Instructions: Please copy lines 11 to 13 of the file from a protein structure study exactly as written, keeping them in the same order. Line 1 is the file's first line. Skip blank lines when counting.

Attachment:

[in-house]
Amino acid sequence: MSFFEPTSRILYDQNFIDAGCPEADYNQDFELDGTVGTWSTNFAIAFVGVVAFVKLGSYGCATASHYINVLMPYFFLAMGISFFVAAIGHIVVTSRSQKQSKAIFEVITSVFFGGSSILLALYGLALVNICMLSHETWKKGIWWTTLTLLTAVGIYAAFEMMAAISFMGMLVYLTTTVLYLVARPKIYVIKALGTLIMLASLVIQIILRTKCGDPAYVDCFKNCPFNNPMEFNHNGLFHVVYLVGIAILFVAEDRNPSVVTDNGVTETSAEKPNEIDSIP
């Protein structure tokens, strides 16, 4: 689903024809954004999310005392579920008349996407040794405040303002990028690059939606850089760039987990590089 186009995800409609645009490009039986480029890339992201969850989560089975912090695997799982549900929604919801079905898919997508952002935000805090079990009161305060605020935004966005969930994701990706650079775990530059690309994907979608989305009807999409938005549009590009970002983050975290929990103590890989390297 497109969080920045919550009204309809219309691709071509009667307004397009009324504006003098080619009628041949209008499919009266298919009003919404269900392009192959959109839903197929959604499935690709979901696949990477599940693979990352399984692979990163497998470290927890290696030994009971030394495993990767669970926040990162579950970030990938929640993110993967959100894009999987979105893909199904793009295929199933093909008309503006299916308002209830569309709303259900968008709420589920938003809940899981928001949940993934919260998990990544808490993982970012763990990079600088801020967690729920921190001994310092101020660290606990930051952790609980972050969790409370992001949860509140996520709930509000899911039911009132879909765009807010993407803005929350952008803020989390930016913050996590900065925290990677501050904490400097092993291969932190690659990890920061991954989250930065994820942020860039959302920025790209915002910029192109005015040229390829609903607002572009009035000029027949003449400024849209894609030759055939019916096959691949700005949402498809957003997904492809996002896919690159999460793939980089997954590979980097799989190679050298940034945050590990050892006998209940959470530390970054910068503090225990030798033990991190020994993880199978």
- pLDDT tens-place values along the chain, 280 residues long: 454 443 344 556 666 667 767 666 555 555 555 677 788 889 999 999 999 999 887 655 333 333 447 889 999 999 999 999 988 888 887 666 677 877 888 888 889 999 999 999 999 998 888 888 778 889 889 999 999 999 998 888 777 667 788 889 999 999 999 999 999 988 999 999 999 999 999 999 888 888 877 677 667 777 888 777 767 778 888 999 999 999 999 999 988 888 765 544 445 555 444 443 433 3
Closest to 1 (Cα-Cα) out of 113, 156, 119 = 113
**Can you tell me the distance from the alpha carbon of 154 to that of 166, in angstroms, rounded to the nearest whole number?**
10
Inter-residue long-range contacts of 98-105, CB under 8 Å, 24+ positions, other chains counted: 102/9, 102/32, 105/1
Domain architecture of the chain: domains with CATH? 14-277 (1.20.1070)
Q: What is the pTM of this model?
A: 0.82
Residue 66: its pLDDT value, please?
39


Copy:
A: 0.82
Residue 66: its pLDDT value, please?
39